Maniac remake reviews have trickled in from the UK, and the critics are in unanimous agreement: it’s as stomach-churning as the original.
Filmmaker Franck Khalfoun, taking over for director William Lustig, decided to dramatize events using a first-person perspective told through the eyes and the narration of serial killer Frank, who kills his victims in horrible ways always taking a scalp for his collection of mannequins at home.
(Lord of the Rings star Elijah Wood has stepped into the role originally played by Joe Spinnell of Rocky and Taxi Driver fame.)
Paul Gallagher of The List remarked that Khalfoun “increases the repellent-factor by virtue of a much higher gore budget” than the original.
Ultimately, he disapproved, stating that the film “ends up catering to the desires of a voyeuristic audience much more effectively than critiquing them.”
Phelim O’Neill of The Guardian agreed that the film was “nasty,” but had an altogether more positive outlook for it, calling it “smarter than your average Maniac,” referencing horror films that use the serial killer plot as a starting point.
O’Neill also called the 1980s-style synthesizer score “remarkable,” describing it as ranging from “woozy drones to mournful, emotive themes” and said ultimately the film was “a cut above most horror remakes.”
Jeff Allard of Shock Till You Drop agreed with The Guardian‘s positive take, granting the Maniac remake an 8 out of 10, commenting that the film is “an artier affair than the original but while it’s got a glossier sheen, it’s no less grisly.”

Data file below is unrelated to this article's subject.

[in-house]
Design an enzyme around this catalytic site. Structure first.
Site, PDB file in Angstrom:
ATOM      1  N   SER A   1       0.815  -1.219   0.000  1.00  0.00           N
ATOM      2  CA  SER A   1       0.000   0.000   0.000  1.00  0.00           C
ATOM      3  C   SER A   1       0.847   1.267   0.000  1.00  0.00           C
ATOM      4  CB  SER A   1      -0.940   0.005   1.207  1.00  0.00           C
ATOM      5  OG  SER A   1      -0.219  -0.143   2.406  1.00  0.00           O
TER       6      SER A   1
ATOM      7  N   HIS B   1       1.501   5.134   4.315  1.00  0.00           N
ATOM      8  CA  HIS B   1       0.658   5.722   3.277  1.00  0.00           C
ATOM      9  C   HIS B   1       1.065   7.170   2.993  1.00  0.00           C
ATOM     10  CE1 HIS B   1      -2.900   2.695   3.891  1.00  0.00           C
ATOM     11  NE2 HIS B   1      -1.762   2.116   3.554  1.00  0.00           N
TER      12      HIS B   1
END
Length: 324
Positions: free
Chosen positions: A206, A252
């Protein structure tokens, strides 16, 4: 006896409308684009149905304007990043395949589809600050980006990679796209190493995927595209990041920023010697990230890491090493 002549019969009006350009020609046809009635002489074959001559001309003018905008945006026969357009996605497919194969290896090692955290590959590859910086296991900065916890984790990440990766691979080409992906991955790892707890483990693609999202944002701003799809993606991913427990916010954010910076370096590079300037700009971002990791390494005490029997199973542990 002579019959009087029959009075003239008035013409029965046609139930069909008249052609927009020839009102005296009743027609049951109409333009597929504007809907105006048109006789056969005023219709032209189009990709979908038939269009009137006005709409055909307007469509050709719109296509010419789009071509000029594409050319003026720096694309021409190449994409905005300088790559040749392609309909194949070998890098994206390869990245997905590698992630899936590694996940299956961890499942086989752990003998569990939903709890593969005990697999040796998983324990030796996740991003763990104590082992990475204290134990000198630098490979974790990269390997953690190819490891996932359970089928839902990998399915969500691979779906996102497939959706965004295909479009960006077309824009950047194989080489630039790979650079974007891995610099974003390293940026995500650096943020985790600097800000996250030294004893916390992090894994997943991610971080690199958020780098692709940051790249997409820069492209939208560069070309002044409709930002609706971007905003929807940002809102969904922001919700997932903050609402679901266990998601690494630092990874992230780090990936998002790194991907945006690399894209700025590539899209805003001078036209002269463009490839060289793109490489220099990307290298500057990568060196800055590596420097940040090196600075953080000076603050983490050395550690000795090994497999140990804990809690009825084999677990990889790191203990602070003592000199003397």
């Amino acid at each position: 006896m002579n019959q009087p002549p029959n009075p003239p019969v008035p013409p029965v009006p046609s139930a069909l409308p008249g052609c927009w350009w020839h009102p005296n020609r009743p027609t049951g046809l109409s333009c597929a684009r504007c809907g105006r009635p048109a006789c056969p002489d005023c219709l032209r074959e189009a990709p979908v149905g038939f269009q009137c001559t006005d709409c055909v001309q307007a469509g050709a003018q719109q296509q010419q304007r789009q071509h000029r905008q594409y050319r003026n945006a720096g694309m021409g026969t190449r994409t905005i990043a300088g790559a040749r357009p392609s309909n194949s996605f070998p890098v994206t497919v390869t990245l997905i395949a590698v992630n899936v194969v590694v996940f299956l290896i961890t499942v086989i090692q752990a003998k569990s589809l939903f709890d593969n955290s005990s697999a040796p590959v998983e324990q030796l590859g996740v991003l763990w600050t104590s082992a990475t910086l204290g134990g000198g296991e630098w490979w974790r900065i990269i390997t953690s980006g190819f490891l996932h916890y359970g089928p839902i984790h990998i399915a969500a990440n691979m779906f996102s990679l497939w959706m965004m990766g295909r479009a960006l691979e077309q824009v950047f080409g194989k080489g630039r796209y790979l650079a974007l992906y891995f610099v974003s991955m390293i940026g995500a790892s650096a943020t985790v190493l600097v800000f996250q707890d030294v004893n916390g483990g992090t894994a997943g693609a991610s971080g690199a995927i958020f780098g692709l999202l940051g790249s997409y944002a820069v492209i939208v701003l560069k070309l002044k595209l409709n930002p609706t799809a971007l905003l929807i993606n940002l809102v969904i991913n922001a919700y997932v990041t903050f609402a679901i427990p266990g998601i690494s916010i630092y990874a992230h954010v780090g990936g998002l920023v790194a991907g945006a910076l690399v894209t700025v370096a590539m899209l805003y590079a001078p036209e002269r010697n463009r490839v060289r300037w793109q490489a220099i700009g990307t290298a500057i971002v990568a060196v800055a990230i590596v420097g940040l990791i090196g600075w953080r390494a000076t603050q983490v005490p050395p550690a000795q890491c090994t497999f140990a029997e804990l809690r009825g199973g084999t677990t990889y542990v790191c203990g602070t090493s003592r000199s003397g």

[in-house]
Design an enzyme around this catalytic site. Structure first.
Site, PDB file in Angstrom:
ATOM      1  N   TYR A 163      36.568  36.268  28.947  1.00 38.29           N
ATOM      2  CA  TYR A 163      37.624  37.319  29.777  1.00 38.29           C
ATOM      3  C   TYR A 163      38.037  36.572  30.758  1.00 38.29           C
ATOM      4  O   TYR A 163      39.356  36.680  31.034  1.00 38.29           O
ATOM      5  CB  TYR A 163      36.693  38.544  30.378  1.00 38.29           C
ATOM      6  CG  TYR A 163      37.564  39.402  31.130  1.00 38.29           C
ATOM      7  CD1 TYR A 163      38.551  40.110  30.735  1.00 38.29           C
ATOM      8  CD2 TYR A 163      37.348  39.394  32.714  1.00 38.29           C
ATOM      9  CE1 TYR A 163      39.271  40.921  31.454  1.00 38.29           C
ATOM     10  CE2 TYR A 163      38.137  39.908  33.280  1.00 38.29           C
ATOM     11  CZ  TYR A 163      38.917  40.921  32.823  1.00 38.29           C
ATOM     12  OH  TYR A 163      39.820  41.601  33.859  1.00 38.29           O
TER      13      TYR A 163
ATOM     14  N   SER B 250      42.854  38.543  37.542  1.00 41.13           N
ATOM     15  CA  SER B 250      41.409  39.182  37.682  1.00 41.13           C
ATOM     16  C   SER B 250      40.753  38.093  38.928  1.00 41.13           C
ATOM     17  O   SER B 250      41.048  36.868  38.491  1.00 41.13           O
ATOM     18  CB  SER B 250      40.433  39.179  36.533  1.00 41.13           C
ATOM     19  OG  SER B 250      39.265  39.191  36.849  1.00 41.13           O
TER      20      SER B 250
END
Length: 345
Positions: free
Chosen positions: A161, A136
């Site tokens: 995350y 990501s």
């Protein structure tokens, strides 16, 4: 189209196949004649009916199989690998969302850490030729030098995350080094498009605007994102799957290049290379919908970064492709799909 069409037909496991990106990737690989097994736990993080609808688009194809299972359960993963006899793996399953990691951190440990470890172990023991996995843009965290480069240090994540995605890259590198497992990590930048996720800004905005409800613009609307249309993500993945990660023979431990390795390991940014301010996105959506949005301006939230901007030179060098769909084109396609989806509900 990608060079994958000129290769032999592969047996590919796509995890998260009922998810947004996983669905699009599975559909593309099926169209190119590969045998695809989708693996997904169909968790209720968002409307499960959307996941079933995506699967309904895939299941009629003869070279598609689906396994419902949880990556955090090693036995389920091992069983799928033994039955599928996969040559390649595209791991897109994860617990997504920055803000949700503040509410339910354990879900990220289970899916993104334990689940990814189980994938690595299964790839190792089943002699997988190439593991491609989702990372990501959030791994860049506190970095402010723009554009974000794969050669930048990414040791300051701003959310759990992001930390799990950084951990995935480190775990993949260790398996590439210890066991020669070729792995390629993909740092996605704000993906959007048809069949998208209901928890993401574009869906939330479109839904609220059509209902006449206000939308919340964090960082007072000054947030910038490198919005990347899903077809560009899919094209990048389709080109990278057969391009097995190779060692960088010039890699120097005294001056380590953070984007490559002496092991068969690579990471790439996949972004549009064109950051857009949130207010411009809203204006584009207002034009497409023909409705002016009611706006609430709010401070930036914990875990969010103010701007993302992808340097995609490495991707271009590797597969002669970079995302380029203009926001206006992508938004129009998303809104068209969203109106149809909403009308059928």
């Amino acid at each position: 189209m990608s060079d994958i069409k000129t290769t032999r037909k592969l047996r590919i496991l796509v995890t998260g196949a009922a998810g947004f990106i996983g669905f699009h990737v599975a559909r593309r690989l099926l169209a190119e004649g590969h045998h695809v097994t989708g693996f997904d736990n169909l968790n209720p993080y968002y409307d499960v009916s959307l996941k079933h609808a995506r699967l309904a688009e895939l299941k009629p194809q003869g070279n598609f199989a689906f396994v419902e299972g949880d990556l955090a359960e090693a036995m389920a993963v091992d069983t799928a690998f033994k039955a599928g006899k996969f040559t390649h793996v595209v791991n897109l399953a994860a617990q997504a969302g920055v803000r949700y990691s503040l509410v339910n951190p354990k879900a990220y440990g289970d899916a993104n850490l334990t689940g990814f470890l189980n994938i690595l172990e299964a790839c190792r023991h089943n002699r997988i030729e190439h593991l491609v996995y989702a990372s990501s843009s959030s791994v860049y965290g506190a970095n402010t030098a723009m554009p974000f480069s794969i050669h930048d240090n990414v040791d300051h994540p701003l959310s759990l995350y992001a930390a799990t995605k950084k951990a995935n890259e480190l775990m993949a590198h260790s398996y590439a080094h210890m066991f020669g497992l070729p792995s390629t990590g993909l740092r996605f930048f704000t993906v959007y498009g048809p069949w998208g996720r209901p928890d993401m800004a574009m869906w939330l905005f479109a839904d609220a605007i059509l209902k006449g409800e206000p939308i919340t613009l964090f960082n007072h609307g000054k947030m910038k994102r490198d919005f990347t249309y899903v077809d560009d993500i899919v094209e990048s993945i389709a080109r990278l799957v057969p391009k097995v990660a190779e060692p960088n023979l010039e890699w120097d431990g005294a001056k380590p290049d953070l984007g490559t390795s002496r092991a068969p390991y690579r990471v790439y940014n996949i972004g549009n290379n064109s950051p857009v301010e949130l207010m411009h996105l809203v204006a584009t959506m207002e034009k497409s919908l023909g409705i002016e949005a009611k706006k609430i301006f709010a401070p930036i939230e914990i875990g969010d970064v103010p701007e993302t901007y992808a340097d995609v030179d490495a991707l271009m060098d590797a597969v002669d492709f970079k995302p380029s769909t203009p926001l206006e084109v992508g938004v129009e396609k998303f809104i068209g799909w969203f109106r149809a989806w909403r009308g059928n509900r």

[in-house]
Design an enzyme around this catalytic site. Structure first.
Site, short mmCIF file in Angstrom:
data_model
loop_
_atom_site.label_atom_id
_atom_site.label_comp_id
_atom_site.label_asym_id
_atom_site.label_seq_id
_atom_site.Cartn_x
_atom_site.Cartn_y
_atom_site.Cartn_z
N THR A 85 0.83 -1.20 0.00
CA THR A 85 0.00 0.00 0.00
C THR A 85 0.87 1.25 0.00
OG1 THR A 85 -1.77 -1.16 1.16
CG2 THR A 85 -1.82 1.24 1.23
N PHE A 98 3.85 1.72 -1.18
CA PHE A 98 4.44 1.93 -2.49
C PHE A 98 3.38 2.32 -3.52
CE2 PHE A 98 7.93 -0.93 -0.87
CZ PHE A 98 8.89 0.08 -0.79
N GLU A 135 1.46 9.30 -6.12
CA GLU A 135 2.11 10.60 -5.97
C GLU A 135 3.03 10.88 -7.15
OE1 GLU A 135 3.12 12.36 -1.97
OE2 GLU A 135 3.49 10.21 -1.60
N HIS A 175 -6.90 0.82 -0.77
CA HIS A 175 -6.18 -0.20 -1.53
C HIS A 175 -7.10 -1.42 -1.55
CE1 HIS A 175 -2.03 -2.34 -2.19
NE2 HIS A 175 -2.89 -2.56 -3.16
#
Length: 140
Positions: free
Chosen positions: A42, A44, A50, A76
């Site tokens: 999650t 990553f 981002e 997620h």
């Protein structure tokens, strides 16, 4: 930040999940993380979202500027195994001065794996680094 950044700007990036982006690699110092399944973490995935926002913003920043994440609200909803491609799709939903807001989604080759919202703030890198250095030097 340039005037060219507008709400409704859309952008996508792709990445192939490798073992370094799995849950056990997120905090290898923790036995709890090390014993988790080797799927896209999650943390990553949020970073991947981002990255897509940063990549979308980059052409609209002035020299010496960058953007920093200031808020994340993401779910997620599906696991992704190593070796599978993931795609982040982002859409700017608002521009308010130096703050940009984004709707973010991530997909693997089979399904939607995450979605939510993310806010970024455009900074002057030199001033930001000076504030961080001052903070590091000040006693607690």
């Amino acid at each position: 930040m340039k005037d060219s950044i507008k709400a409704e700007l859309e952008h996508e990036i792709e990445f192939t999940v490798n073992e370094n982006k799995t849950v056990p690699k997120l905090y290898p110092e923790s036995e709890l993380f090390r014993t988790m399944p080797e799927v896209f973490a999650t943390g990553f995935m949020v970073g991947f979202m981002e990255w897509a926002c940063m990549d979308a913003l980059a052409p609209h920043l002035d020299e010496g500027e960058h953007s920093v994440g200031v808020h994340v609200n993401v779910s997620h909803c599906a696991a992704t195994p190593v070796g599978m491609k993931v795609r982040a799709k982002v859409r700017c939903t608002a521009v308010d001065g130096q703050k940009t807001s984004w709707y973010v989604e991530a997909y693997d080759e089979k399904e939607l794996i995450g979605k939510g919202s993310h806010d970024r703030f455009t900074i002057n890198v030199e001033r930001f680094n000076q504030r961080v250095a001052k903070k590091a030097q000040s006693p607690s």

“Many scalps are removed and FX supervisor Matt Kutcher and his crew render Frank’s deeds in nigh unwatchable detail,” Allard wrote. “I know that some of what we see in Maniac must be CGI assisted but at least to my eyes, it’s almost impossible to detect where the practical FX ends and where the CGI begins.”
Allard also felt Khalfoun pulled off the first-person perspective, noting that Wood’s face is shown very little and usually with the assistance of images reflected in a mirror and other techniques that make use of the film’s context.
For Allard and O’Neill, experiencing the murders through the perspective of the killer was effectively unsettling.
Gallagher, however, found it over the top, stating it was “for viewers who would like to see lots of women, some of them naked, being strangled, stabbed, drowned, and, this killer’s particular favourite, scalped, in intense detail from the perspective of the one doing the damage.”
Maniac opens in the US in June and will join the Evil Dead remake as a second 1980s horror classic being reintroduced to modern audiences.
Are you excited for the Maniac remake, and what do you think of Elijah Wood in the part?